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I have been wondering if anybody knows a way to create a loop that loads files/databases in R. Say i have some files like that: data1.csv, data2.csv,..., data100.csv.

In some programming languages you one can do something like this data +{ x }+ .csv the system recognizes it like datax.csv, and then you can apply the loop.

Any ideas?

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This is pretty close to Loading many files at once. You're just loading a different type of file. – Joshua Ulrich Apr 22 '11 at 17:28

4 Answers 4

up vote 29 down vote accepted

Sys.glob() is another possibility - it's sole purpose is globbing or wildcard expansion.

dataFiles <- lapply(Sys.glob("data*.csv"), read.csv)

That will read all the files of the form data[x].csv into list dataFiles, where [x] is nothing or anything.

[Note this is a different pattern to that in @Joshua's Answer. There, list.files() takes a regular expression, whereas Sys.glob() just uses standard wildcards; which wildcards can be used is system dependent, details can be used can be found on the help page ?Sys.glob.]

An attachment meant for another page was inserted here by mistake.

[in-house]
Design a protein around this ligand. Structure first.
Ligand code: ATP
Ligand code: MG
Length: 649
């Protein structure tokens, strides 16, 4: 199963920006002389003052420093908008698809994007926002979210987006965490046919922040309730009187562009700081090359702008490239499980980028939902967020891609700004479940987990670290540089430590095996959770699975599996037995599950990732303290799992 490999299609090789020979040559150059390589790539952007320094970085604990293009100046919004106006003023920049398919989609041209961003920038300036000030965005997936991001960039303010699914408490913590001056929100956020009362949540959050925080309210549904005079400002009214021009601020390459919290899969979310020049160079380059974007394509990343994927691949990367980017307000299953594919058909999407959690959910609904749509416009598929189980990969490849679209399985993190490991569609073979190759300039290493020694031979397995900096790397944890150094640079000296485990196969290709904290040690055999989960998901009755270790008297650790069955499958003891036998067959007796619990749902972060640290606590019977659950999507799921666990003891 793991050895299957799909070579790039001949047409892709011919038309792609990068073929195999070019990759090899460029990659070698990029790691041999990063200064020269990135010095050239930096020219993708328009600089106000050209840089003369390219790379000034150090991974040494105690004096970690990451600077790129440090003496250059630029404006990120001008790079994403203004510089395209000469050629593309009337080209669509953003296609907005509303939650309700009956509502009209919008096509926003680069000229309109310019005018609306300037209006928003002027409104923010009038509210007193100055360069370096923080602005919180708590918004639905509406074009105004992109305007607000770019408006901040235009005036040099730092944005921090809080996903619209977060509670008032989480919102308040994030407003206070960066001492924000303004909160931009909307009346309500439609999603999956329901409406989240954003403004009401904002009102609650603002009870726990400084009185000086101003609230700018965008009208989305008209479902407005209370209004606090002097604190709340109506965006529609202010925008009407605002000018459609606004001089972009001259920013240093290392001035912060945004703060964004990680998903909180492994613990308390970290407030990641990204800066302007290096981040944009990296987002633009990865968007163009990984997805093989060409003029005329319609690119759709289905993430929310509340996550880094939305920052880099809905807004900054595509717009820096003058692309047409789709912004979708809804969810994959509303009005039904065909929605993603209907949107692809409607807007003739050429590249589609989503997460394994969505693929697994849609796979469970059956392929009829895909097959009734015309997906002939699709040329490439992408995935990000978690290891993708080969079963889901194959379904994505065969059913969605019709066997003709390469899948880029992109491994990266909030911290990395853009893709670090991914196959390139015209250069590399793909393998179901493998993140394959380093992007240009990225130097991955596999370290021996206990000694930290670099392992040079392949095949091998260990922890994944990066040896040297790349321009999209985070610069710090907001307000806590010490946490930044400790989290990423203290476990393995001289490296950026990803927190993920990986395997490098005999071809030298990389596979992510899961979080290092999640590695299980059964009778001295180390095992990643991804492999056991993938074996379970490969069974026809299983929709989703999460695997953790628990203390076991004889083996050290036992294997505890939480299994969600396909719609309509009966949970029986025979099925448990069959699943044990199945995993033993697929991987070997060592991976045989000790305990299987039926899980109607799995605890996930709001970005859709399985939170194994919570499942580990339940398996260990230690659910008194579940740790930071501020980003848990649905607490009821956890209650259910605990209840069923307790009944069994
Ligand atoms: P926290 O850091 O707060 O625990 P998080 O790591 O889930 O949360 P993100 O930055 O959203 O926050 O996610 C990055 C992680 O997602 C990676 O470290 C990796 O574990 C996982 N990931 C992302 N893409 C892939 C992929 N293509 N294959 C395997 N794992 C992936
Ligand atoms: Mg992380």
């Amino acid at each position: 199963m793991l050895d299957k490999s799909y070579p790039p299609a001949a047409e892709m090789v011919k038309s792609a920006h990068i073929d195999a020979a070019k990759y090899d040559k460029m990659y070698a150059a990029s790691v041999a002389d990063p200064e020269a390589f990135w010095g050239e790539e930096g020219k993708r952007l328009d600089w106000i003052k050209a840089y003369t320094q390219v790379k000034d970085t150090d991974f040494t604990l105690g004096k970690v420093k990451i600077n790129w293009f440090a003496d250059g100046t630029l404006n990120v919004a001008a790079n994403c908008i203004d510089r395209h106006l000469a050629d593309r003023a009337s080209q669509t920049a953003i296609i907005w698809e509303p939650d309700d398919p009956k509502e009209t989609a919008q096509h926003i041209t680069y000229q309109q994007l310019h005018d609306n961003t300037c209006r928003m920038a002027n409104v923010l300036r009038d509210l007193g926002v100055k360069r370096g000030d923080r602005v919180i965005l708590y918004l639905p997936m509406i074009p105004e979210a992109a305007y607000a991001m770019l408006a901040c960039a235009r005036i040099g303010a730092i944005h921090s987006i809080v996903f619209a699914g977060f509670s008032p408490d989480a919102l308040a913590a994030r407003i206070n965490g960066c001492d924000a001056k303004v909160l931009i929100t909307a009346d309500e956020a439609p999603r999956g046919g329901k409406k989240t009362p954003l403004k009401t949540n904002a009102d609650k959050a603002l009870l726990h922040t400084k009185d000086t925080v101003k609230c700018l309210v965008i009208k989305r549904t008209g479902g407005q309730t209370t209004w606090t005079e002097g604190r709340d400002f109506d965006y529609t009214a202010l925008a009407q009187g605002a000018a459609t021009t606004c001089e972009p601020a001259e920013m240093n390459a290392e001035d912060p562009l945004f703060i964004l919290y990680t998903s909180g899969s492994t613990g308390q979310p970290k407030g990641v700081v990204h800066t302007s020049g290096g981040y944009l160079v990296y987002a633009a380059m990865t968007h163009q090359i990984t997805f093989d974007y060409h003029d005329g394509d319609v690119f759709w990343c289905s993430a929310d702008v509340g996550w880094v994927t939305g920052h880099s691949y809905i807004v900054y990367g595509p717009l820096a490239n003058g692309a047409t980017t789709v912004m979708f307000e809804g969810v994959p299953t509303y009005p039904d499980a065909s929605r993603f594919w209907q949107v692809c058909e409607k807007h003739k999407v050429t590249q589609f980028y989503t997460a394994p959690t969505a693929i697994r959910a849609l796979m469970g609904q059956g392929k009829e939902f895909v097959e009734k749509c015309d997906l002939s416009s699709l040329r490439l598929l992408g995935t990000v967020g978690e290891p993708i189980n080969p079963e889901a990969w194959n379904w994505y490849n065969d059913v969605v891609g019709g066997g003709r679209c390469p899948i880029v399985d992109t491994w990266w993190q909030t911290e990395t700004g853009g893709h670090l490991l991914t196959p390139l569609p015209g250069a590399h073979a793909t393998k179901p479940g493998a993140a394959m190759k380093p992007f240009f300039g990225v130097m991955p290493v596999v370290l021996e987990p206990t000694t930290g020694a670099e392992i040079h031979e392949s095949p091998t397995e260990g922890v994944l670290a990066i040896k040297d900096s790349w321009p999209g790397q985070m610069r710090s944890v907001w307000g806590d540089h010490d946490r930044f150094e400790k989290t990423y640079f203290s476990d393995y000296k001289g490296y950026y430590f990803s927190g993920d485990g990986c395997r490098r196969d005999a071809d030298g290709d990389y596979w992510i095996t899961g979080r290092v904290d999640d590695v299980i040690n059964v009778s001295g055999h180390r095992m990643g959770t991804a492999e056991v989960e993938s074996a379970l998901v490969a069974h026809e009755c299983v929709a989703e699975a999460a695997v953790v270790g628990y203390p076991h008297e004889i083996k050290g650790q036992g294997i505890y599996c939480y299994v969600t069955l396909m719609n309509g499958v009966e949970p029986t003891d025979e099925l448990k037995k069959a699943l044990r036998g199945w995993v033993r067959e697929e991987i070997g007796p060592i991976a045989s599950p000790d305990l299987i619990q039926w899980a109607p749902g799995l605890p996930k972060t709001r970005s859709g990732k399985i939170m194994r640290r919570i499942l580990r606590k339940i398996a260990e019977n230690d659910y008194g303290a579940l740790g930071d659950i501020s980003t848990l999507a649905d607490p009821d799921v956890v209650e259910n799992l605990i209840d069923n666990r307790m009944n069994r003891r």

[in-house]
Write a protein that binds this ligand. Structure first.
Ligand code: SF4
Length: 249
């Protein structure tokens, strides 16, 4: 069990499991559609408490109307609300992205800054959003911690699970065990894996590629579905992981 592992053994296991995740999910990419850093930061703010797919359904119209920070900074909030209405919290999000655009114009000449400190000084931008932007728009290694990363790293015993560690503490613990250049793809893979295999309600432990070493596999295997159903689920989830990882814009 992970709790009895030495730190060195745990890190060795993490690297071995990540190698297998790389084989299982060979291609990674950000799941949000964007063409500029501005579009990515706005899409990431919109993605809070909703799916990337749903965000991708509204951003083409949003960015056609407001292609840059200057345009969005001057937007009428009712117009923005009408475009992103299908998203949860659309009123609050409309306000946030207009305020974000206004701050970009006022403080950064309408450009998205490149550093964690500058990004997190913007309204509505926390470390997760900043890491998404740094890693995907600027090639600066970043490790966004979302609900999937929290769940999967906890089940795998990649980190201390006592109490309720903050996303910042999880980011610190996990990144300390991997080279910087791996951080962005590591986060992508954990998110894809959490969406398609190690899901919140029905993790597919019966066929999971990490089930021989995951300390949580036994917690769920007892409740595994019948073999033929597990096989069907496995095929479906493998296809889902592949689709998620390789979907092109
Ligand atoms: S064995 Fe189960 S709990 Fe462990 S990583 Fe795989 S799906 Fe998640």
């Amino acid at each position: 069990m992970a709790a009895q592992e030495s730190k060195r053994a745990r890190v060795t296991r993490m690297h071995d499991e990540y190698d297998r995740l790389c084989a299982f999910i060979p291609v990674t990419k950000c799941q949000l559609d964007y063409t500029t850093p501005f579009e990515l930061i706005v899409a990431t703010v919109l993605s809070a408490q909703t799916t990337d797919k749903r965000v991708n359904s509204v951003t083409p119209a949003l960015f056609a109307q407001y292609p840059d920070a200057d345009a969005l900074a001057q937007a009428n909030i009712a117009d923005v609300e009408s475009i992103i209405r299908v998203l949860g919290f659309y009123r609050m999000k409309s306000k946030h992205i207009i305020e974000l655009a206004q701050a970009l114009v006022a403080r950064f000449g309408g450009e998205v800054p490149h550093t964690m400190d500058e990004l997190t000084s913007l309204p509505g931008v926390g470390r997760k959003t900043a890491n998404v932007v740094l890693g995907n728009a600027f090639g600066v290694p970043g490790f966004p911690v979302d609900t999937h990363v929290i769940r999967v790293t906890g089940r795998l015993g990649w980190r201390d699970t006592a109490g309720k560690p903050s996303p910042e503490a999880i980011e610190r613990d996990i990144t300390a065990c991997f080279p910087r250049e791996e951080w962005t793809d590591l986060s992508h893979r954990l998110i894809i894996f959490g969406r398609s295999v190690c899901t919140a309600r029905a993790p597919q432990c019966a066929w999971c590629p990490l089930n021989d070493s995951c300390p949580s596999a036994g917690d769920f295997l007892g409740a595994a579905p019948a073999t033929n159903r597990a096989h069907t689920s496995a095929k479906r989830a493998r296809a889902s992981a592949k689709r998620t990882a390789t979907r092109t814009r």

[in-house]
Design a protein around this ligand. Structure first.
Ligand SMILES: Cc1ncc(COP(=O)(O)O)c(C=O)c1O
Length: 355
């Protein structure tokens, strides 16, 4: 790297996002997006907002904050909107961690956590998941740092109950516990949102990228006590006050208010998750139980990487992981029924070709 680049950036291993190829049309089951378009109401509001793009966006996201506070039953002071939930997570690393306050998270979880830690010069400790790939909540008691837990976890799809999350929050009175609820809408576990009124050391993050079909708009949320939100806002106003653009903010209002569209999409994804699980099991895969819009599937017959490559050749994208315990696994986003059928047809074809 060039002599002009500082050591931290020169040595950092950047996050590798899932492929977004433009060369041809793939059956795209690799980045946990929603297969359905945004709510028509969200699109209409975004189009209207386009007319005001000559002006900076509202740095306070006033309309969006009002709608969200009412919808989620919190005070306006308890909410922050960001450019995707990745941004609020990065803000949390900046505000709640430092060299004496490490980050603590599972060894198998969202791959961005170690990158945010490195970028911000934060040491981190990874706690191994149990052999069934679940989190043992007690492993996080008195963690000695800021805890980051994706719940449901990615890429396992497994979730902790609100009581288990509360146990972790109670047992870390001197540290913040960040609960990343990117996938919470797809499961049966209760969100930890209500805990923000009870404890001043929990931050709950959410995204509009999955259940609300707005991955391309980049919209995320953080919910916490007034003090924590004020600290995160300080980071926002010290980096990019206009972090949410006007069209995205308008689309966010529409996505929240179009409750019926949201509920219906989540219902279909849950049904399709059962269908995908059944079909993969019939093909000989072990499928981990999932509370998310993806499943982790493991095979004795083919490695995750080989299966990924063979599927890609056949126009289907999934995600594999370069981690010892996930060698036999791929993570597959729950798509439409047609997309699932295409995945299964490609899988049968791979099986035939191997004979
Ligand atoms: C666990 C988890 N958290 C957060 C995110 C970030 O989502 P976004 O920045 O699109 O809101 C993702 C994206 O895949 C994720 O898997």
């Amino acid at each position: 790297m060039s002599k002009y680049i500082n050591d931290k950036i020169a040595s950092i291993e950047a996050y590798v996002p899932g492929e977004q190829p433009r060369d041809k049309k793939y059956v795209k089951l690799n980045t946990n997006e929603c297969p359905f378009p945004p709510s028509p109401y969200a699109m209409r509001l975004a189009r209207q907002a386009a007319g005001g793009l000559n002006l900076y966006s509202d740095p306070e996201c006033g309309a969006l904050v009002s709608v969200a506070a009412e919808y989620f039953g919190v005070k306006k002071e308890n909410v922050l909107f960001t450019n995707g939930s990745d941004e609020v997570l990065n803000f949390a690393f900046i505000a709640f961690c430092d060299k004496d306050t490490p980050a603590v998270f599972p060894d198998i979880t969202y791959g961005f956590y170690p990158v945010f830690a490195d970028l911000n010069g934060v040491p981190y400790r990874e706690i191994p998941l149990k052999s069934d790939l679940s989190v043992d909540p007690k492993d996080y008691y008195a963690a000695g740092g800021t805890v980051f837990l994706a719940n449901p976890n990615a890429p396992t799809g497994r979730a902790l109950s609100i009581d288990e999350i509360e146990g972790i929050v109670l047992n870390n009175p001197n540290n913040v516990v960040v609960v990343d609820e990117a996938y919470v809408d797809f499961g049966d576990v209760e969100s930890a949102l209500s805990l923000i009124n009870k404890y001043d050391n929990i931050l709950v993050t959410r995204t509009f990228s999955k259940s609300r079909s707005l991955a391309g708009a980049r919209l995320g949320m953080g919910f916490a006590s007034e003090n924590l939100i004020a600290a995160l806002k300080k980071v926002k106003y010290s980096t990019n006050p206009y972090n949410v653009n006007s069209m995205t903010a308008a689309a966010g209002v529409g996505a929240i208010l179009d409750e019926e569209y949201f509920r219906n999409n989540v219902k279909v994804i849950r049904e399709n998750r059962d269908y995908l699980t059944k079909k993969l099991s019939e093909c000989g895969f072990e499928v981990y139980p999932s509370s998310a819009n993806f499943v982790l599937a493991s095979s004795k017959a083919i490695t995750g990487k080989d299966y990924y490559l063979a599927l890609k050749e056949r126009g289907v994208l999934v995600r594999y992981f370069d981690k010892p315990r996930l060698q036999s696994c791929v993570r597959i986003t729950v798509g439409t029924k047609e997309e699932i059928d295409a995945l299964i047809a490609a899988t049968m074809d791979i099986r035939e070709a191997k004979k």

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I would put all the CSV files in a directory, create a list and do a loop to read all the csv files from the directory in the list.

ldf <- list() # creates a list
listcsv <- dir(pattern = "*.csv") # creates the list of all the csv files in the directory
for (k in 1:length(listcsv)){
 ldf[[k]] <- read.csv(listcsv[k])
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dat will contain the datasets in a list

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that will list all files in directory_path which is not what is required. You need a pattern as per @Joshua's answer. – Gavin Simpson Apr 22 '11 at 18:55

See ?list.files.

myFiles <- list.files(pattern="data.*csv")

Then you can loop over myFiles.

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I assume you meant pattern="data*.csv" ... But will see if Gavin's advice helps me out here. Yeah it did... the "." is a wildcard in regex. – 42- Apr 22 '11 at 20:00
@DWin: I meant to match a single character zero or more times. – Joshua Ulrich Apr 22 '11 at 20:04
Perhaps safer to use "data.*\\.csv"? – 42- Apr 22 '11 at 20:07
@DWin: I'm not sure how that would be safer. My .* would capture the . before the file extension. If you really want to be safe/explicit, you could use "^data[[:digit:]]*\\.csv$". :-) – Joshua Ulrich Apr 22 '11 at 20:11
My thought was that "data.*csv" wouldn't require the "." to be there at all. – 42- Apr 22 '11 at 20:14

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